Feeding your baby & toddler

How to retain all healthy nutrients and store what you make.

Mother and child

The following tips should help you successfully establish a healthy eating pattern for your child which will have life-long benefits.

When to wean?*

There appears to be a 'window of opportunity' where an infant is open to accepting new tastes. For this reason weaning should start not later than 6 months.* However, solids should never be started before 4 months (17 weeks).

Baby food and spoon

Starting weaning*

Start with a small amount of a very smooth purée with a runny consistency (well blended with your Braun Multiquick hand blender and diluted with breast or formula milk). Initially offer a small amount on the tip of spoon so that your baby gets used to its feel in her mouth. Remember, she's only ever experienced liquids up to this point. One or two teaspoons of purée each day is plenty to start with.

Babies are used to their food coming in an easy stream from the breast or bottle, so it may be better to give a small amount of feed first and then offer the solids so that she is not too hungry when the new tastes and textures arrive. You can then give the rest of the feed.

It's generally advisable to stick to purées made from single ingredients (diluted with breast milk or formula) before moving on to mixtures. Remember, solids are brand new to your baby so if at first he's not keen, just keep trying over the next few days, and if a particular food seems to be rejected, try it again in a few days.

An important part of teaching babies what is good to eat is giving them a wide range of freshly cooked foods in the weaning period.* When they move from a milk-only diet to a diet that includes other foods, this is the time when they start to recognise individual foods as being good to eat and accept new tastes and textures. These preferences can stay with them for life.

Babies also take their cues about what is good to eat from mum and dad. Once they are sitting up they will be keen to watch what you are eating. This is an important part of how they learn what is safe to eat, so it is important that you are eating healthy foods and very useful for them to hear you say how much you are enjoying that food.

Baby and spoon

Later weaning*

The thickness of any purée can also be increased gradually by reducing the amount of breast milk or formula you use to dilute it, and blending it less and less with your Braun Multiquick hand blender. After the first couple of solid feeds, gradually introduce new tastes.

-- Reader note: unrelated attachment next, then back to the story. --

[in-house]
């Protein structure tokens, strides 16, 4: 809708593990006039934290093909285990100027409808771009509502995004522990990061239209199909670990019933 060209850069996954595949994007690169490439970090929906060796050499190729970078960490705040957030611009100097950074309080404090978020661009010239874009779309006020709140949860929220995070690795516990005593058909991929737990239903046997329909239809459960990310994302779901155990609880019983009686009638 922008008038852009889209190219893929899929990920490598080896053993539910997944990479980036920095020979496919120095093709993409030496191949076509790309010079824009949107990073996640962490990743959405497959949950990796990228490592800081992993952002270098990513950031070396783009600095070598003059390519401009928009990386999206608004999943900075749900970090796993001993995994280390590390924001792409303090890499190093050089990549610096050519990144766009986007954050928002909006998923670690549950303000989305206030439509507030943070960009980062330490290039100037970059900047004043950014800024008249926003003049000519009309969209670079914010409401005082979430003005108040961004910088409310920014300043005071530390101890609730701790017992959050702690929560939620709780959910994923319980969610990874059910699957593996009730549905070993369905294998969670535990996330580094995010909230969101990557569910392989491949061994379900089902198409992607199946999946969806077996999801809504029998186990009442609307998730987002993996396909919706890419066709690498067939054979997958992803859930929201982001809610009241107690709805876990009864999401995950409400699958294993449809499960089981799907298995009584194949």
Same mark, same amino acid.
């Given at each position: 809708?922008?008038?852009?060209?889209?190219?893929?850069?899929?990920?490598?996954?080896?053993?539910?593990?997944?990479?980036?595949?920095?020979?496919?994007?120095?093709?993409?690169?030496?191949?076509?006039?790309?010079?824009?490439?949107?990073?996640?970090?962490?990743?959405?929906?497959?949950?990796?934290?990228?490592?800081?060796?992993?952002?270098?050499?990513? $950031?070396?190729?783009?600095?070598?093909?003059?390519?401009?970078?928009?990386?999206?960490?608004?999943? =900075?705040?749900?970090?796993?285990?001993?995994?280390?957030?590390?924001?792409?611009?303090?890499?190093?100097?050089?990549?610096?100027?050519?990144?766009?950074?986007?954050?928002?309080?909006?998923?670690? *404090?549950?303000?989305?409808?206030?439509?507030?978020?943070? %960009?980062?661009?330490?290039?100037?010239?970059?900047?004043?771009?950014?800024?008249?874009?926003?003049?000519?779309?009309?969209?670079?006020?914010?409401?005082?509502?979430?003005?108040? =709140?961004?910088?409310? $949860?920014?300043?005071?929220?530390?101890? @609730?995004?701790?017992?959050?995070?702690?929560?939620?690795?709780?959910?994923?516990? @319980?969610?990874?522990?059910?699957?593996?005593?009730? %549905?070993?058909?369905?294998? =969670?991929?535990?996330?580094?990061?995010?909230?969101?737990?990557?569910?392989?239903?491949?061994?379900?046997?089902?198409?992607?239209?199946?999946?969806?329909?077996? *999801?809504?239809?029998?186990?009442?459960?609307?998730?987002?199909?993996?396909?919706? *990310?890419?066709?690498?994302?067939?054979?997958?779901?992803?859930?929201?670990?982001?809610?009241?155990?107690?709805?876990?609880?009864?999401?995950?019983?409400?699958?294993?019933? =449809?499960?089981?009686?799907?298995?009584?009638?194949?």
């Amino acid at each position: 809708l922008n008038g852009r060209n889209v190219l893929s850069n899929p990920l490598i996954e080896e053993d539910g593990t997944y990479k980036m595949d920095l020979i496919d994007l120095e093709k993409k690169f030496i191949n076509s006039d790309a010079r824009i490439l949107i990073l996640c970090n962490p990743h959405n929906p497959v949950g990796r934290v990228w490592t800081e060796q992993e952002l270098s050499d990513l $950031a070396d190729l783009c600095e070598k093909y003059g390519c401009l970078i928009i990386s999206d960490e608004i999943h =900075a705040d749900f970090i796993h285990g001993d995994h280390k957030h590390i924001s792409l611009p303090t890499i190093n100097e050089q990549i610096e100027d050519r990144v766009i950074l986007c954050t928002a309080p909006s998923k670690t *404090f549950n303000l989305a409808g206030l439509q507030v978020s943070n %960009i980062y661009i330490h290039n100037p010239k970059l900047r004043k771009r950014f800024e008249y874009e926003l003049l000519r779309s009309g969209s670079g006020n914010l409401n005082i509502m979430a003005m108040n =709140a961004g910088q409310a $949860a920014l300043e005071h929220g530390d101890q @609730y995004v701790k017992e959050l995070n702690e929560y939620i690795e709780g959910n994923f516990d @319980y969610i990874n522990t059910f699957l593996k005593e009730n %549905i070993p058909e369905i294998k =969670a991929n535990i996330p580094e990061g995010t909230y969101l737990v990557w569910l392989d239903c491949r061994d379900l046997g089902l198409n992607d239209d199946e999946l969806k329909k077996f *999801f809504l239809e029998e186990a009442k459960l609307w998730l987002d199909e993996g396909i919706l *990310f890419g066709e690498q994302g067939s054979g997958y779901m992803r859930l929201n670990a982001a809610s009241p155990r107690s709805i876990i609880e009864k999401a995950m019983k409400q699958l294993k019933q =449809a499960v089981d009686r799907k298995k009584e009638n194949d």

Never force your baby to eat more than she seems to want, let her take things at her own pace. As she gets accustomed to solid foods, start giving two meals a day, and then three.

Toddlers and beyond

Avoid offering whole nuts to children under age five. Cut grapes, carrots and similar foods into small chunks to prevent choking.
For some time, toddlers may limit the variety of foods they eat. This phase will normally pass without any problems but will be more evident in some toddlers than in others.

At the toddler stage many children who are fussy eaters are much more likely to try a new food if they are eating with other toddlers or older children who are also eating that food.

Remember that the quantity of food toddlers eat may vary from day to day. Some parents get anxious about this and toddlers then tend to react to parental anxiety by reducing the amount they eat.

Don't use food as a bribe – for example, saying "if you eat this food you can have that food". You don't want imply to your child that there are good foods and bad foods.

Baby and food

Self-feeding

Your baby will probably be able to start feeding himself from around 7 to 8 months, as soon as he can grab and lift pieces of mashed banana, cooked apples or similar soft foods. If she is showing interest in wanting to feed herself, let her have a spoon to hold while you are feeding with another spoon. It will be messy but it is part of her learning about food and feeding.

You can start to offer sips of breast or formula milk from a sippy cup from about 6 months.
To help prevent upsets at mealtime, make sure you have foods ready before you sit your child at the table or in a high chair.

How much fluid should I give?

  • Babies, under 6 months
    In the initial stages of weaning, babies will still be getting the fluid they need from breast milk and the solids they eat.* In very hot weather, formula-fed babies may need a little extra water that has been boiled and allowed to cool.

  • Babies, 7-12 months
    As solids are thicker and contain less fluid, a little extra water can be offered with meals from a cup.

  • Toddlers
    Offer 6 to 8 drinks from a cup each day. Milk and water are the best to offer as they do not damage teeth. Limit juices, sugary squashes and fizzy drinks as these can fill a small stomach, resulting in less food eaten at mealtimes.

* Babies are ready to eat solid foods at different ages. In case of doubt or questions, always check with your pediatrician.